Note that Ethereum is not limited to cryptocurrencies in any way: you can run any code you want in the cloud. Of course, you do have to specifically design your application for Ethereum, perhaps using the JavaScript-like Solidify langauge. Additionally, there are limitations about performance; and again, everything has to be publicly visible, even the database contents (though possibly encrypted). Yet for all these downsides, the upsides can be worth it: you get increased trust and auditability, among other benefits.

Without such protocols, it can be difficult to achieve the highest levels of trust. As an example, imagine a web-based e-mail provider like Google’s Gmail, but from a less reputable company. Let’s suppose they are accused of deleting customer’s e-mails and that for some strange reason, they decide to defend themselves by releasing their source code (perhaps to prove that their code has no back doors for deleting letters). The problem is that in this case, showing their code would not be enough, for two reasons. Firstly, we don’t know that they are actually running the same code that they are showing us. Secondly, as they have direct access to their own database, they could simply delete e-mails manually from the data store. Thus, they cannot easily be audited by an outside party.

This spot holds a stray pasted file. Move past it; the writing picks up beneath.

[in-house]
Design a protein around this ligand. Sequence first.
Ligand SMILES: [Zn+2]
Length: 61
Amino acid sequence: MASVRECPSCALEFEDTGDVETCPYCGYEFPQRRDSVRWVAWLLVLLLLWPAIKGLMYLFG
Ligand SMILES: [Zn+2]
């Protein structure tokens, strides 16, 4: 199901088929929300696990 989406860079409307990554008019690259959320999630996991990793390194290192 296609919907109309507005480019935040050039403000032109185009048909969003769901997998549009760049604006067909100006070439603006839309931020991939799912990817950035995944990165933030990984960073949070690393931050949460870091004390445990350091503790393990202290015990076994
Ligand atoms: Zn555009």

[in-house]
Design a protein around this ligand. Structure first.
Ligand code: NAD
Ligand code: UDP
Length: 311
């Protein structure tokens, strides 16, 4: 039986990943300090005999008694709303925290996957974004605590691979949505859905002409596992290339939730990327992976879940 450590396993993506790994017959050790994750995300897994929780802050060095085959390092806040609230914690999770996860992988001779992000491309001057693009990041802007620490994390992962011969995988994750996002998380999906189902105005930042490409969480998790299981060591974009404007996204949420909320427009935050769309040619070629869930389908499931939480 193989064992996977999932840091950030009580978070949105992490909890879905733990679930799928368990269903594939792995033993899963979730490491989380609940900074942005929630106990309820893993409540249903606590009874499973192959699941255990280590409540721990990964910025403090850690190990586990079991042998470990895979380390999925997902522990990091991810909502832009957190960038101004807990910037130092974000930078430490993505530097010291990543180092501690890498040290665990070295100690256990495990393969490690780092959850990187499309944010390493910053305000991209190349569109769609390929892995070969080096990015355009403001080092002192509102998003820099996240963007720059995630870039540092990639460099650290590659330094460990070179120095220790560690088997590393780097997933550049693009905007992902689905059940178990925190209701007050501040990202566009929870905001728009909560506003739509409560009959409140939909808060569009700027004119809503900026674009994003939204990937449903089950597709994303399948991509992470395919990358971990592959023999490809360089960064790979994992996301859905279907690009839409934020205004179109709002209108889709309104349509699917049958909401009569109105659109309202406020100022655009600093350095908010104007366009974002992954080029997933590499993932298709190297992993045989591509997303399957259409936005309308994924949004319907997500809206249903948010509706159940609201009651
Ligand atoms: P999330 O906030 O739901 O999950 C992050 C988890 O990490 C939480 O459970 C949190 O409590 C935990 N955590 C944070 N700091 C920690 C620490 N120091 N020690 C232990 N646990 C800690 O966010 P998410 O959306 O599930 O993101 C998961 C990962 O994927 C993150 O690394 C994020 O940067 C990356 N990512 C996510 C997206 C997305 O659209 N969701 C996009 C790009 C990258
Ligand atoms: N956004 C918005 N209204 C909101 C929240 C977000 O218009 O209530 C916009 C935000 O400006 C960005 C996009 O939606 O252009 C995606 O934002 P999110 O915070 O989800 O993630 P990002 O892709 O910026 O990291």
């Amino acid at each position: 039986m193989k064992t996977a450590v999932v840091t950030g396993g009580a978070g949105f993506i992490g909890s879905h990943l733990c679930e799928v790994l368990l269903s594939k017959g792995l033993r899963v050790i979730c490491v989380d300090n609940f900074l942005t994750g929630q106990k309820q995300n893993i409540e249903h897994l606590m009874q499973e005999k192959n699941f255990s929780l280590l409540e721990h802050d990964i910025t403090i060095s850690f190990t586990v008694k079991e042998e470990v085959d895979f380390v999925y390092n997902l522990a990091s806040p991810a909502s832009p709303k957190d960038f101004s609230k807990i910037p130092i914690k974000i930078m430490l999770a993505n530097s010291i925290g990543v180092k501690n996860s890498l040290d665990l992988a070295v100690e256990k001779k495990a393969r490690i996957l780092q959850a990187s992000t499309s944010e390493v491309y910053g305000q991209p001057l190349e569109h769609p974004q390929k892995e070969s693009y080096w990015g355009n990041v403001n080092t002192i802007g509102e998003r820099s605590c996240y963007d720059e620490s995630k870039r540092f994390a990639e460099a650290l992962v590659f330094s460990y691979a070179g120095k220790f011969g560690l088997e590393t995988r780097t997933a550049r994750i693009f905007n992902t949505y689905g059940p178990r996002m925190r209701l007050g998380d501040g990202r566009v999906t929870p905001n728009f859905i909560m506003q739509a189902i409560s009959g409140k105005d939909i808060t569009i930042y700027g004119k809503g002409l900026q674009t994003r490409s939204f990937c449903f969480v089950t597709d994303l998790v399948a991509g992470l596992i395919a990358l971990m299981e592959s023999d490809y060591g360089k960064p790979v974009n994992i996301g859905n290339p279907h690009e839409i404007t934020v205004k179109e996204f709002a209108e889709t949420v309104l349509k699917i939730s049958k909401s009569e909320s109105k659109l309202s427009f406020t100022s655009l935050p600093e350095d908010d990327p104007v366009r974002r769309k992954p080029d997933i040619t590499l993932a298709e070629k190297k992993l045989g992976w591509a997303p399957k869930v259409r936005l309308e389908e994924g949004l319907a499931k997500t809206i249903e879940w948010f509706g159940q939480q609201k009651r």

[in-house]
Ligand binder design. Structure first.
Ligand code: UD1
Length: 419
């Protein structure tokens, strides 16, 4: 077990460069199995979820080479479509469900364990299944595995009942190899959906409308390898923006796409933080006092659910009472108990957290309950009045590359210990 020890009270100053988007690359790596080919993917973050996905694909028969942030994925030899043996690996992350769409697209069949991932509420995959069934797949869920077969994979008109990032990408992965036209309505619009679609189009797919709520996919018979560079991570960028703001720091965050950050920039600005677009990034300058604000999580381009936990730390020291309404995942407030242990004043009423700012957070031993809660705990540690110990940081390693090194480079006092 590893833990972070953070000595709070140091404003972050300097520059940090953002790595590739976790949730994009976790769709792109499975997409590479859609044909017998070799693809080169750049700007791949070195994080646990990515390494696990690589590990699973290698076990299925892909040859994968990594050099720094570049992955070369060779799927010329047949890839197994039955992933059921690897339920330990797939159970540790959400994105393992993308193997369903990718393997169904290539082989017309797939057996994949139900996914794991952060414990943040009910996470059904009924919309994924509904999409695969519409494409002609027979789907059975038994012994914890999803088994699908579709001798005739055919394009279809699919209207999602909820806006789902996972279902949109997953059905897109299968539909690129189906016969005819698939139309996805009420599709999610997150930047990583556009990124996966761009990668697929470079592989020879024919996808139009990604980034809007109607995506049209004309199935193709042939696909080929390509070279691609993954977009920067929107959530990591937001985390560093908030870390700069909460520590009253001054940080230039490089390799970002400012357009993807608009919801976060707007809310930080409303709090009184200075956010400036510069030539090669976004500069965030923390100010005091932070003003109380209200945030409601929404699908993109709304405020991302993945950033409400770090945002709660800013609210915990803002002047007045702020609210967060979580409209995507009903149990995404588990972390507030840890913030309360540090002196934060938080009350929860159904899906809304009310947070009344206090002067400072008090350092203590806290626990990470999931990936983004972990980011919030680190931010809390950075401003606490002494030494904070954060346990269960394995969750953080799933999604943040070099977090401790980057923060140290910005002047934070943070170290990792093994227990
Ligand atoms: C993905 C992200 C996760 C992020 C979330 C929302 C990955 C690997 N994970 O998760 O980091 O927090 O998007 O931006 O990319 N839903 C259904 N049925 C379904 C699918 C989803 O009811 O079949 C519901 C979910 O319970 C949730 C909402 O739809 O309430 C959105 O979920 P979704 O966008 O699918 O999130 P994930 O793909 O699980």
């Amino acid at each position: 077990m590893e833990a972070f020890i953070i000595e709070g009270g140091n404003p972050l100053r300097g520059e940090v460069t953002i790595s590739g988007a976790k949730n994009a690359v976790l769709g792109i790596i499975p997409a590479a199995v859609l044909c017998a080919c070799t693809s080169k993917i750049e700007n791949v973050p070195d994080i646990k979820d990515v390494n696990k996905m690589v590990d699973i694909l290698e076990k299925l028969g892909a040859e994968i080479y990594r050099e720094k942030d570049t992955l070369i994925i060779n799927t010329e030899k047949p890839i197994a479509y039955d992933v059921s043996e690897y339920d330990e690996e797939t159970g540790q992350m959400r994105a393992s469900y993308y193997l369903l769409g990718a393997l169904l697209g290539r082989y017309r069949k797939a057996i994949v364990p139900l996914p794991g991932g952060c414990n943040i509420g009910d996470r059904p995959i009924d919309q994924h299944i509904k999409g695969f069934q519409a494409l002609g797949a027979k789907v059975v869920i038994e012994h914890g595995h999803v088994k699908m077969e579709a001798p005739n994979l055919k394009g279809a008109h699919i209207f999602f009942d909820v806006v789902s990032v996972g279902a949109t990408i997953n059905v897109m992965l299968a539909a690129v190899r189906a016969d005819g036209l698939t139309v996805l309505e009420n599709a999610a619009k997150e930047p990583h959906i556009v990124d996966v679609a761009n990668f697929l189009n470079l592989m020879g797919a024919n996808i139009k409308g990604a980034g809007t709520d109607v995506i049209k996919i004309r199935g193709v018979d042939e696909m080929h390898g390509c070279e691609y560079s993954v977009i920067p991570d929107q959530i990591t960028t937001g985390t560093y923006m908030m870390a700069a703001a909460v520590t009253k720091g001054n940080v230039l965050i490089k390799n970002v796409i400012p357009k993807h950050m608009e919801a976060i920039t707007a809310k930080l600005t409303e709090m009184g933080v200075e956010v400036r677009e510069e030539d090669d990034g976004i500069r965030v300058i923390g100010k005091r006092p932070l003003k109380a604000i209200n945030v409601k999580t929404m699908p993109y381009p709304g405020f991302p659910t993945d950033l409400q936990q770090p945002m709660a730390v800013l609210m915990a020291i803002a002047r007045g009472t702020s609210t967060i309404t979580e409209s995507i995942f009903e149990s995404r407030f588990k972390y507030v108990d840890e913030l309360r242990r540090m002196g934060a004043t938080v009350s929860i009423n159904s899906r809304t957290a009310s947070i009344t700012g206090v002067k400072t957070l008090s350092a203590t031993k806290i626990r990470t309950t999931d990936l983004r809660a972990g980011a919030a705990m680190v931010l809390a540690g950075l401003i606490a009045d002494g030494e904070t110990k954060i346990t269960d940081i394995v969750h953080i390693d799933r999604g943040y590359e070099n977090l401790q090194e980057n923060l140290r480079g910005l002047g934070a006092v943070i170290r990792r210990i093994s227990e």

Of course, usually we simply trust our e-mail providers. However, very few start-ups enjoy the same level of trust as well-known companies like Google or Microsoft, particularly when doing something as risky as launching a new global cryptocurrency.

So how does Ethereum work? It is a peer-to-peer network of servers, called nodes. Everybody is free to run their own nodes. If you connect your own node to the network, the first thing that your server does is download the entire cloud. This literally means that your server’s hard disk will contain the entire world-wide cloud: all code and all database contents. (In case you are wondering, more scalable architectures are also being discussed.)